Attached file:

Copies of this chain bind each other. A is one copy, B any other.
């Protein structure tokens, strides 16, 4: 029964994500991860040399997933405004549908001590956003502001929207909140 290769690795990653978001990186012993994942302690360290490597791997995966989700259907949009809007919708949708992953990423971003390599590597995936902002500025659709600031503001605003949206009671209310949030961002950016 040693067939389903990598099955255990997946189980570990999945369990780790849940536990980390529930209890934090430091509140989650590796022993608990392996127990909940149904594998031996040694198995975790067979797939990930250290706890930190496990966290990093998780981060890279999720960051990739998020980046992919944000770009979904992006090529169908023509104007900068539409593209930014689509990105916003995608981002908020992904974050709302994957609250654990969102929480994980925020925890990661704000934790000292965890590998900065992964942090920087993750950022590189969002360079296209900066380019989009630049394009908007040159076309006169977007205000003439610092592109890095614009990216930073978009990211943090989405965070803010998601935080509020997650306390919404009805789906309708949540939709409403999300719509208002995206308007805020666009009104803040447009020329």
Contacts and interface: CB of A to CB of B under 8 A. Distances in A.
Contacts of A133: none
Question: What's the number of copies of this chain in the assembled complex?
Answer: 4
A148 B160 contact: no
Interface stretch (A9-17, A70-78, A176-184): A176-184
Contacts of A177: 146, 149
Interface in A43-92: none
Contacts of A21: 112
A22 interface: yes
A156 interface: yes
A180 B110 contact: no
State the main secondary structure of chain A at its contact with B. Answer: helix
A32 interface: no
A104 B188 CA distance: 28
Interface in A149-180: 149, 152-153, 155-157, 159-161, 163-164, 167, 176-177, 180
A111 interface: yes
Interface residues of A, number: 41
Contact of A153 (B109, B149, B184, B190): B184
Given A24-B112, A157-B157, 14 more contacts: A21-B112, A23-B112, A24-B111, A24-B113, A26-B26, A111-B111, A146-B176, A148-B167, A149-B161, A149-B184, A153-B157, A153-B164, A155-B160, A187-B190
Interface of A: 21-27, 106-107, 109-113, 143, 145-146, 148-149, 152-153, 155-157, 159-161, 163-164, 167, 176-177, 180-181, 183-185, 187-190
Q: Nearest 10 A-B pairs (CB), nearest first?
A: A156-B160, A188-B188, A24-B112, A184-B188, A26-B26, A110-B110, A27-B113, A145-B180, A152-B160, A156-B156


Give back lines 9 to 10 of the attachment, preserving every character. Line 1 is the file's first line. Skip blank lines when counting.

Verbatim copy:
Contacts of A177: 146, 149
Interface in A43-92: none